Members of the zombie class must, of course, be conditioned in the virtue and necessity of accepting their subservient role of producing the wealth that others will consume!

Within the vulture class will also be found members of academia and other teachers, the mainstream media, writers, and others who will provide the conditioning.

Plato’s own words reveal just how irrelevant his 2,400 year-old ideas are to modern society.

He declared: “A state comes into existence because no individual is self-sufficing; we all have many needs.”

The industrial revolution made evident to intelligent minds that free markets, not the supposed wisdom of philosopher-kings, was the most effective system in which “individuals” with their “many needs” can each pursue their respective interests and, in such a pluralistic process, generate an abundance of material wealth that elitist rulers will always be incapable of matching.

Twentieth-century experiences with centrally-planned economies revealed to intelligent minds – with the same certainty as the proposition of 8 being the square root of 64 – that the liberty, spontaneity, and respect for private property that are implicit in marketplace systems, is the most effective means of fostering human well-being.

The study of physics informs us of the fundamental truth that actions have consequences.

Those who fail to understand the causal connections that allow men and women to produce the values – be they material, spiritual, aesthetic, or otherwise – upon which civilized society depends, hold mankind hostage to their ignorance.

Franz Oppenheimer’s distinction between the “economic means” and the “political means” of acquiring wealth, has particular meaning here.

The economic means is premised on the production and voluntary exchange of resources through which people endeavor to maximize their respective self-interest-driven well-being.

The political means, on the other hand, is nothing more than a system of spoliation, with force being used to transfer resources from productive to non-productive persons.

To enervate the creative energies of some in order to allow the privileged despoilers to sustain themselves at the expense of the productive, is but to engage in a sophisticated form of cannibalism.

Slavery, conscription, eminent domain, asset forfeiture, war, taxation, govt.-mandated insurance, the state’s creation of rules for uniformity and standardization of products and behavior, involve some living at the expense of others through forced transfer of resources and energy.

There is more than just hyperbole involved in regarding such behavior as a form of “cannibalism.”

That so many of these practices are carried out by people who self-applaud themselves as “public servants” should remind us of the Twilight Zone episode, “To Serve Man,” in which aliens from another planet come to Earth with promises to end wars, hunger, resolve health problems, and other benefits to humanity.

They have brought with them a book, titled “To Serve Man,” that earthlings try to translate.

As a number of humans are being loaded onto the spaceship to take them to the alien’s planet, one man figures out that “it’s a cook book.”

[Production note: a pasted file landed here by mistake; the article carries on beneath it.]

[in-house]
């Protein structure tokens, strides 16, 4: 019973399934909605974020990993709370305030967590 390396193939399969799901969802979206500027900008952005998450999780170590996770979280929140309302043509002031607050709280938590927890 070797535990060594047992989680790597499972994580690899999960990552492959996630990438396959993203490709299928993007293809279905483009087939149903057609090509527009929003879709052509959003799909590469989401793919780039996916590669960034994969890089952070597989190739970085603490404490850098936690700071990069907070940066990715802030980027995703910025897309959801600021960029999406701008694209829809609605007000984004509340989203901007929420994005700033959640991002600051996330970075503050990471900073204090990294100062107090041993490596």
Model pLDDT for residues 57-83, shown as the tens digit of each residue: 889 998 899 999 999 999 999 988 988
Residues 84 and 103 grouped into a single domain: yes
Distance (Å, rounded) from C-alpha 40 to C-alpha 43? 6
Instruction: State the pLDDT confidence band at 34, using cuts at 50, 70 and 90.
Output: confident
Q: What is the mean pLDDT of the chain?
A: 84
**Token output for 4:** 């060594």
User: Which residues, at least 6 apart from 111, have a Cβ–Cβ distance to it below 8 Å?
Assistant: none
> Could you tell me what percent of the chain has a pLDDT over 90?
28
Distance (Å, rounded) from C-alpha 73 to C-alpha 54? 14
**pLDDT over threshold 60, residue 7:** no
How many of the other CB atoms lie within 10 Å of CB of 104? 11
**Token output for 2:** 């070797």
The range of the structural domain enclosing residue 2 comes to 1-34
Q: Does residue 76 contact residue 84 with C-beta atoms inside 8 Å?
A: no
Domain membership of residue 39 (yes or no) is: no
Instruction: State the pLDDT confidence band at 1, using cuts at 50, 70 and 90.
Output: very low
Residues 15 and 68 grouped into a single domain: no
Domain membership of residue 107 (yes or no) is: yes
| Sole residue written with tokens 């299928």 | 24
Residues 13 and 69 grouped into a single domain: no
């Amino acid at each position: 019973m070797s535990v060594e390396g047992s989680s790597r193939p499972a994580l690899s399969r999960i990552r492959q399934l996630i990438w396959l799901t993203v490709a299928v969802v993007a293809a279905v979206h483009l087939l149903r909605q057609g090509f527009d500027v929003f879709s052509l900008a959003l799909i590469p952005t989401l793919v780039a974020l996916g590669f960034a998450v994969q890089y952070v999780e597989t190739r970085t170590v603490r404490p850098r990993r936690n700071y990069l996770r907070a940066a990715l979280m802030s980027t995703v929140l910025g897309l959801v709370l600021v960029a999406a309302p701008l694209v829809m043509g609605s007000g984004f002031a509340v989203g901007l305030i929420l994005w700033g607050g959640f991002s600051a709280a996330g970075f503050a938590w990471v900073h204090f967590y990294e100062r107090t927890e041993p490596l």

“Serving mankind” is a political mantra that could be inscribed on every cannibal pot!

A business firm that begins to consume its own investment capital is on the way to extinction.

So, too, is a culture that undertakes to consume the principles, values, expectations, and other conditions that foster its vibrancy.

The health of a civilization depends upon its being able to produce the values that sustain it, a truth acknowledged by a number of eminent historians.

Arnold Toynbee observed that the collapse of a civilization arises from a “loss of creative power in the souls of creative individuals;” a movement “toward standardization and uniformity” ending with a “forcible political unification in a universal state.”

Will and Ariel Durant concluded that the health of a civilization depends upon “creative individuals . . . capable of effective responses to new situations.”

Jacob Burckhardt advised that “the way of annihilation is invariably prepared by inward degeneration,” while William von Humboldt stated that civilized cultures depend upon “human development in its richest diversity.”

More recently, historian Carroll Quigley offered an analysis demonstrating how the structuring of societies to achieve equilibrium weakens and destroys the “instruments of expansion” i.e., the systems that produce the values that sustain the health of a civilization.

The erstwhile centers of industrial production in America that have devolved into the current “rust belt,” provide a concrete example.

If the assessments of such historians are correct, it should be clear that cultures whose foundations are deeply set in violence, war, centralized power, fear, disrespect for life, along with the looting and scavenging which, alone, can sustain a privileged caste of cannibals, are fated for collapse.

When cannibals have finally despoiled the well-conditioned zombies of the life-force and other energies upon which all of life depends, they will, like other parasites, have to look for new hosts upon which to feed their voracious appetites.



Butler Shaffer teaches at the Southwestern University School of
Law. He is the author of the newly-released In Restraint of Trade:
The Business Campaign Against Competition, 1918–1938, Calculated
Chaos: Institutional Threats to Peace and Human Survival, and
Boundaries of Order.

http://www.informationclearinghouse.info/article41016.htm